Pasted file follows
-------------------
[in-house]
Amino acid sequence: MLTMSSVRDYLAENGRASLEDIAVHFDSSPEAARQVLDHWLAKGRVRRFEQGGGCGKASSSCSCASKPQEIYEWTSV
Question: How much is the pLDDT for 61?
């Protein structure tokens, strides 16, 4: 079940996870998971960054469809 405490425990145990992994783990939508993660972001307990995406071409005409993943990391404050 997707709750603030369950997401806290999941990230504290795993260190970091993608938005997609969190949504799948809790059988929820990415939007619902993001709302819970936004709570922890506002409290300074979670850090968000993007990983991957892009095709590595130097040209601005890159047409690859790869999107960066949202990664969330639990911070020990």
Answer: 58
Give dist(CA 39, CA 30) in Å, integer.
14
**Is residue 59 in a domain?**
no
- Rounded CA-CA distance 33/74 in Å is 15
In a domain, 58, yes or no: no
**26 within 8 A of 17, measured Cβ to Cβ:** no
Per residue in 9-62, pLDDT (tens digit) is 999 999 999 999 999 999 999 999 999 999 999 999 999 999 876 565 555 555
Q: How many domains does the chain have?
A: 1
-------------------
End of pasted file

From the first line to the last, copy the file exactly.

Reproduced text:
[in-house]
Amino acid sequence: MLTMSSVRDYLAENGRASLEDIAVHFDSSPEAARQVLDHWLAKGRVRRFEQGGGCGKASSSCSCASKPQEIYEWTSV
Question: How much is the pLDDT for 61?
């Protein structure tokens, strides 16, 4: 079940996870998971960054469809 405490425990145990992994783990939508993660972001307990995406071409005409993943990391404050 997707709750603030369950997401806290999941990230504290795993260190970091993608938005997609969190949504799948809790059988929820990415939007619902993001709302819970936004709570922890506002409290300074979670850090968000993007990983991957892009095709590595130097040209601005890159047409690859790869999107960066949202990664969330639990911070020990």
Answer: 58
Give dist(CA 39, CA 30) in Å, integer.
14
**Is residue 59 in a domain?**
no
- Rounded CA-CA distance 33/74 in Å is 15
In a domain, 58, yes or no: no
**26 within 8 A of 17, measured Cβ to Cβ:** no
Per residue in 9-62, pLDDT (tens digit) is 999 999 999 999 999 999 999 999 999 999 999 999 999 999 876 565 555 555
Q: How many domains does the chain have?
A: 1